- Introduction to the legal framework with respect to water and soil quality.
- Knowledge of the main physical, chemical and biological factors of soil and water pollution, of the mechanisms by which they affect the receiving environments, their effects on these environments, and their role in defining standards for water and soil quality.
- Knowledge of the parameters that characterize the quality of water and soil, and analysis methods.
- Introduction to the decontamination technologies for aquatic habitats or polluted soil
Know-how and skills:
- Ability to assess water and soil quality on the basis of their physico-chemical and biological characteristics, to diagnose the causes of deterioration, to determine the effects of these deteriorations and to propose technologies to protect or remediate the considered environments.
The main topics are:
- Legal context of soil and water protection.
- Causes, mechanisms and consequences of deterioration of soil and water.
- Standards of water and soil quality, in relation to their scientific basis.
- Selection of physico-chemical, biological, hydromorphological diagnostic criteria to assess water and soil quality.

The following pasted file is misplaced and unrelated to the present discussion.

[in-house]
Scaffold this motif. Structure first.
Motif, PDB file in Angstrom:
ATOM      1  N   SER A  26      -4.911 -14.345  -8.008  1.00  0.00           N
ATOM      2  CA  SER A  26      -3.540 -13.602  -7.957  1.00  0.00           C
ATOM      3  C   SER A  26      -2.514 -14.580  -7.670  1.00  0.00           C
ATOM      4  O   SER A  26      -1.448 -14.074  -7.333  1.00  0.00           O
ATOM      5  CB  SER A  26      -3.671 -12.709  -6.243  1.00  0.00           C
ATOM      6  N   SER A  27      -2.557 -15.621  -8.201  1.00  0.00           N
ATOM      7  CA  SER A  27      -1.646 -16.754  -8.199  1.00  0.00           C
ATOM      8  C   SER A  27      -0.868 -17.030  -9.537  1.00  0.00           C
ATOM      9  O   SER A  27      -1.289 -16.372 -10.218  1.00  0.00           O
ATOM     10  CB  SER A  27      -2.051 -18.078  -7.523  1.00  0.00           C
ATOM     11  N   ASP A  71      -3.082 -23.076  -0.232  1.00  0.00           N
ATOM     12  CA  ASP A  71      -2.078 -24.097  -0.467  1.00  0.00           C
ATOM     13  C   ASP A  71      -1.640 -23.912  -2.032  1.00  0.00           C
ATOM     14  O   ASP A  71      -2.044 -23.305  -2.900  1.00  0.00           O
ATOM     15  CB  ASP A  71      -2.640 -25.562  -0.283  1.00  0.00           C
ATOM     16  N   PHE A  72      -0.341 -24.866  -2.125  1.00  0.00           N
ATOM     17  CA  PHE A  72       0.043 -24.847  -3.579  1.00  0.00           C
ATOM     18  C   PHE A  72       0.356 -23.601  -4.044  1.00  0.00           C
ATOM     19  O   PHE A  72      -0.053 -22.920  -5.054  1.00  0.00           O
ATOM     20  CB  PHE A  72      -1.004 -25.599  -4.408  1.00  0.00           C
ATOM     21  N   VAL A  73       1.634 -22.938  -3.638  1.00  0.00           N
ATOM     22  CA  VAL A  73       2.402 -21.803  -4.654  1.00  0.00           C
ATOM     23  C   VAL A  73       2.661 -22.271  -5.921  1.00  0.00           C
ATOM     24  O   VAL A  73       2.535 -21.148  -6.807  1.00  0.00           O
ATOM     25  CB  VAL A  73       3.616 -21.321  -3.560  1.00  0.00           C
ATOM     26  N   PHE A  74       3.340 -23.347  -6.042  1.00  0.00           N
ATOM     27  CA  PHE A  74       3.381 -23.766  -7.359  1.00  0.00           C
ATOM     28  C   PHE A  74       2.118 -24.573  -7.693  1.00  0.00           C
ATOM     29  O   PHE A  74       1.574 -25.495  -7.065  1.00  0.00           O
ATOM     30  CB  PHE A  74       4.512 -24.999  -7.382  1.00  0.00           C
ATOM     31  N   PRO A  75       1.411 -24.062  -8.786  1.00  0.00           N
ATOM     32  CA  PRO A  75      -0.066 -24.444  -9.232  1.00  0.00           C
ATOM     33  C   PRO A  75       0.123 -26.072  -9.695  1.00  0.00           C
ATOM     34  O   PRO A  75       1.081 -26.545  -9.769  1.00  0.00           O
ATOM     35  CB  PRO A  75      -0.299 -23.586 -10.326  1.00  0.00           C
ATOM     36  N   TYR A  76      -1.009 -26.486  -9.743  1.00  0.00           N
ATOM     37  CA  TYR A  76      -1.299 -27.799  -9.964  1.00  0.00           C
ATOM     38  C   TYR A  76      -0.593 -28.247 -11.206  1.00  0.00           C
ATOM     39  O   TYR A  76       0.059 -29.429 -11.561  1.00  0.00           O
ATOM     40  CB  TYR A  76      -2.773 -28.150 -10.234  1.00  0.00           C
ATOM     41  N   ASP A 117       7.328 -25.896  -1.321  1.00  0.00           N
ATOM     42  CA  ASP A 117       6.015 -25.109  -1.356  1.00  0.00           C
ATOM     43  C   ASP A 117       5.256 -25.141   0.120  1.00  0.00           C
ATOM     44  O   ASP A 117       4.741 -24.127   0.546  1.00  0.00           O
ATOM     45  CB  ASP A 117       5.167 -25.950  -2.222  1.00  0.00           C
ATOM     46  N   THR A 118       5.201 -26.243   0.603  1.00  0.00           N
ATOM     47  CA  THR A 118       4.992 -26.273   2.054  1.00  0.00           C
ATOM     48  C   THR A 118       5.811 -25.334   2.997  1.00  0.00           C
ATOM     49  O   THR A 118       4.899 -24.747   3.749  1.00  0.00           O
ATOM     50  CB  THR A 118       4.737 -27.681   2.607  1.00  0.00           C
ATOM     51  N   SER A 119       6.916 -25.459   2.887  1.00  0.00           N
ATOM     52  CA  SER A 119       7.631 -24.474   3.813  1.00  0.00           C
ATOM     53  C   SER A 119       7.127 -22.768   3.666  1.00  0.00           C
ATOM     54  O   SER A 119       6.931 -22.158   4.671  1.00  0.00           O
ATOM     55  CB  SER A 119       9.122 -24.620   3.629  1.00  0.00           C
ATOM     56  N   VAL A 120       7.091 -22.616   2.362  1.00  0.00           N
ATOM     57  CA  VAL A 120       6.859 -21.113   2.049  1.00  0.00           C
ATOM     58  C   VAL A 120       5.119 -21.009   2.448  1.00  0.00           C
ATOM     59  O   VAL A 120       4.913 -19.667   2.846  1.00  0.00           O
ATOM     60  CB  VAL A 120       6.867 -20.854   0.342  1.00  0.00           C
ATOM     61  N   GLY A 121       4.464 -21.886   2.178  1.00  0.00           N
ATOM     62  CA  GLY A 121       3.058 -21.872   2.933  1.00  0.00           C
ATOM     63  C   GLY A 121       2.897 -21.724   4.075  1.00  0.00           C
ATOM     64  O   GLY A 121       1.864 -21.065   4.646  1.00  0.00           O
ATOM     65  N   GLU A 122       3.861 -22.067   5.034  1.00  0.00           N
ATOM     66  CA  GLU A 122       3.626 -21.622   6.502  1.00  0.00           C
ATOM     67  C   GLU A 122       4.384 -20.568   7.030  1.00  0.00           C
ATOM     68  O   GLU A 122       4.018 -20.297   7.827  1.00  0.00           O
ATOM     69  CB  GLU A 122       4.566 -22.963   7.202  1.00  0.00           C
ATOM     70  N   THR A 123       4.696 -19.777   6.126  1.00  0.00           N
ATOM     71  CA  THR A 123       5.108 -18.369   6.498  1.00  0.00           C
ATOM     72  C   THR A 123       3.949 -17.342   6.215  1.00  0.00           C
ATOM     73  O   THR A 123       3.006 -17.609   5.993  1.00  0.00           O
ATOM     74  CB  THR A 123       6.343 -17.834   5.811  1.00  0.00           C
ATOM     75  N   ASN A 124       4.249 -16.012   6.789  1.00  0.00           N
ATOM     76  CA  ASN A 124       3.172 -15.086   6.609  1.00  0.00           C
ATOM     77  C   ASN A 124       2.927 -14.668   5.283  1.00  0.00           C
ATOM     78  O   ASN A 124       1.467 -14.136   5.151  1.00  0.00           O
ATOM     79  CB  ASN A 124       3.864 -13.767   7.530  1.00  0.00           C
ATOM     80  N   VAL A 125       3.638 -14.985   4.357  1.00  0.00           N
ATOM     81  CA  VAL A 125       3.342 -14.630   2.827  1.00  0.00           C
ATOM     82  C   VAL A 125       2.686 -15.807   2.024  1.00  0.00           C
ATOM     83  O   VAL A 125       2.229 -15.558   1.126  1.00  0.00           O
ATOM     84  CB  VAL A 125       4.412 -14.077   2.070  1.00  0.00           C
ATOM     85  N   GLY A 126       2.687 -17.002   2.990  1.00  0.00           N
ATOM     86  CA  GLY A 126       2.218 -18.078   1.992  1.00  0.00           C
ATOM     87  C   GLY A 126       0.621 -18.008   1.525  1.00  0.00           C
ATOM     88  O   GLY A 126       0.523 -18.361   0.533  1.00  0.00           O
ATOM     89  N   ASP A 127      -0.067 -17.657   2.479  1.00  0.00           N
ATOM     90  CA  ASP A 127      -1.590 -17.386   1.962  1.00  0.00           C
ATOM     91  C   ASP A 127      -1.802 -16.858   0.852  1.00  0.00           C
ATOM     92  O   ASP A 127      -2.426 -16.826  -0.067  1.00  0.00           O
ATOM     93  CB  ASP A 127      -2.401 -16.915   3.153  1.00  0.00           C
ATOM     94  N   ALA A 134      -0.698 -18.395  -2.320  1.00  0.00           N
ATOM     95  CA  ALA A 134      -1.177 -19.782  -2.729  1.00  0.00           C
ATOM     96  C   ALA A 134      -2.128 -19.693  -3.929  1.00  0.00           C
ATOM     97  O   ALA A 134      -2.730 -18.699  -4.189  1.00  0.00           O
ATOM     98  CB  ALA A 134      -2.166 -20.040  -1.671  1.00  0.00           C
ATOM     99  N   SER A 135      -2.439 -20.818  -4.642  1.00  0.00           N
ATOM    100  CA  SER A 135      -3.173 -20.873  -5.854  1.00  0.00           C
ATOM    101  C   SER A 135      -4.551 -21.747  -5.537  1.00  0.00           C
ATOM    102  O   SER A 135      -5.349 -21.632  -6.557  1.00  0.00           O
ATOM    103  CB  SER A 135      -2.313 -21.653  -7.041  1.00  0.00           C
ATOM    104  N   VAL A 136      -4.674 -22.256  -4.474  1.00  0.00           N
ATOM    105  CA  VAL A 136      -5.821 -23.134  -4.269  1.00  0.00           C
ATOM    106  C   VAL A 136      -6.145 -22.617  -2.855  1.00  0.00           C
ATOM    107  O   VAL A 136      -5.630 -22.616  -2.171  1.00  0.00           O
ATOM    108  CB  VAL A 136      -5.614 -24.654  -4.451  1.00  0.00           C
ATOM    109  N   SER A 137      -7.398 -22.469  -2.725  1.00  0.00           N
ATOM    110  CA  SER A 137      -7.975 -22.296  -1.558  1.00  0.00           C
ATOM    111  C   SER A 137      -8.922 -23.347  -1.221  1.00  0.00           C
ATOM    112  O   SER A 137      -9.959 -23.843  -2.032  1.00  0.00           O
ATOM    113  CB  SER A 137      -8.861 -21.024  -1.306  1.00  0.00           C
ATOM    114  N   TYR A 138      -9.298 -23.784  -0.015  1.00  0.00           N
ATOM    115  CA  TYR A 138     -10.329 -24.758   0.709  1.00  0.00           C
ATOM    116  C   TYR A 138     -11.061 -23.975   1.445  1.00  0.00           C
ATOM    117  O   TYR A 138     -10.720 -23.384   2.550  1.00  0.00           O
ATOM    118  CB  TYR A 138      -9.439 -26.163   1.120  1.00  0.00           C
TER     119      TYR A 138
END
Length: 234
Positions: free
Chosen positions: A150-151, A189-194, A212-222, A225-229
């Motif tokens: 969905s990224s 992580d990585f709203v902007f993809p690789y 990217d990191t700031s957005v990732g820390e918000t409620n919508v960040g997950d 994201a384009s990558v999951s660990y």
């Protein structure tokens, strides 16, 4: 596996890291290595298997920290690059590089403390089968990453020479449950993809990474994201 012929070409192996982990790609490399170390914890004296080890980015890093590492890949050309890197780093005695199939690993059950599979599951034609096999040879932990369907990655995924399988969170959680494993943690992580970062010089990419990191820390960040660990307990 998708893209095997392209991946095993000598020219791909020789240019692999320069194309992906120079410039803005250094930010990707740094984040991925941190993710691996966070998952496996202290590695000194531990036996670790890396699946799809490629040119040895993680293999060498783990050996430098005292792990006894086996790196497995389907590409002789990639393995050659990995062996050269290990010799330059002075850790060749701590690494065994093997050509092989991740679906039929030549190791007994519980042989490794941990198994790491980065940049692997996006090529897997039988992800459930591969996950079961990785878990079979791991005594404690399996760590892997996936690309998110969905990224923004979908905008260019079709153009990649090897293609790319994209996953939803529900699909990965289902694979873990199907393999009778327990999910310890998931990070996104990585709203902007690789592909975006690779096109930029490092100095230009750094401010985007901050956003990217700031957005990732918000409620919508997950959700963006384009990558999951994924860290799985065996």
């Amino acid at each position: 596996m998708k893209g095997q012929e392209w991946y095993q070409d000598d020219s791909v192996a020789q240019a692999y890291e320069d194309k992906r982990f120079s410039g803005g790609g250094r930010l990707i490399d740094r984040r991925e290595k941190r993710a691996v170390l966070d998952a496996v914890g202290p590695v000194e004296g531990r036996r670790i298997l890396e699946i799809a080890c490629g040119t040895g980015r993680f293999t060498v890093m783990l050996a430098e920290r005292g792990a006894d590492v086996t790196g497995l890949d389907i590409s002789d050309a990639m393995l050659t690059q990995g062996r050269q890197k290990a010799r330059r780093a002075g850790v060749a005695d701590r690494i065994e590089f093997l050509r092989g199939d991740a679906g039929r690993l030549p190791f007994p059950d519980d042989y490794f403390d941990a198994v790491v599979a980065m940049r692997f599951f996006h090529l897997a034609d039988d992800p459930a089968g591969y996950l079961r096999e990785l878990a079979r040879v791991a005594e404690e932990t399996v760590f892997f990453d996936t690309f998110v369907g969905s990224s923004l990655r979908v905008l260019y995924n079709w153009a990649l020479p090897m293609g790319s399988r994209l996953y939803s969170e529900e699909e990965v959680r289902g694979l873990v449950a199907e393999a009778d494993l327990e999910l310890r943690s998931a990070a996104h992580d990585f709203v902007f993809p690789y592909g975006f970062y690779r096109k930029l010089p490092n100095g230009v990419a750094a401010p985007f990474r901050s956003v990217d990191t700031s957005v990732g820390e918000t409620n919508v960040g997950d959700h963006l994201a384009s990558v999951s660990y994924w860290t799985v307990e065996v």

- Design of permanent monitoring programs for water and soil.
- Technologies for decontamination of water and soil.
- Case studies in anthropised or contaminated rivers, lakes, reservoirs, soil and groundwater.
Content and teaching methods
After an overview of the European and Walloon legislative context specific to the continuous monitoring of water and soil, the course analyses the causes of deterioration of water and soil quality on the basis of the physical, chemical and biological processes that are involved. The third part of the course presents the methods for characterizing physical, chemical and biological parameters of water and soil that are connected to quality standards applicable to natural habitats according to their suitability for various uses: food production, household, agricultural or industrial use. The fourth part of the course assesses the effects of soil and water deterioration at different levels of organization and time scales. Various ecotoxicology concepts are outlined (sentinel species, bio-indicators for accumulation or effects ...) as well as the main methods of biocenose analysis used in Europe. The value of physiological, molecular and behavioral biomarkers as alarm systems against disturbances undetectable by biotic indices will be addressed. The fifth part of the course addresses the problem of designing networks to monitor water and soil quality, and integrating biological and physical-chemical parameters within these networks. Finally, the sixth part provides an overview of physico-chemical and biological processes and technologies that can be used for the decontamination of water and soil.
Other information (prerequisite, evaluation (assessment methods), course materials recommended readings, ...)
- Bartram J. and Ballance R. (eds), 1996. Water Quality Monitoring. Chapman & Hall, 384 p.
- Chapman D. (ed.), 1996. Water Quality Assessments. Chapman & Hall, 626 p.
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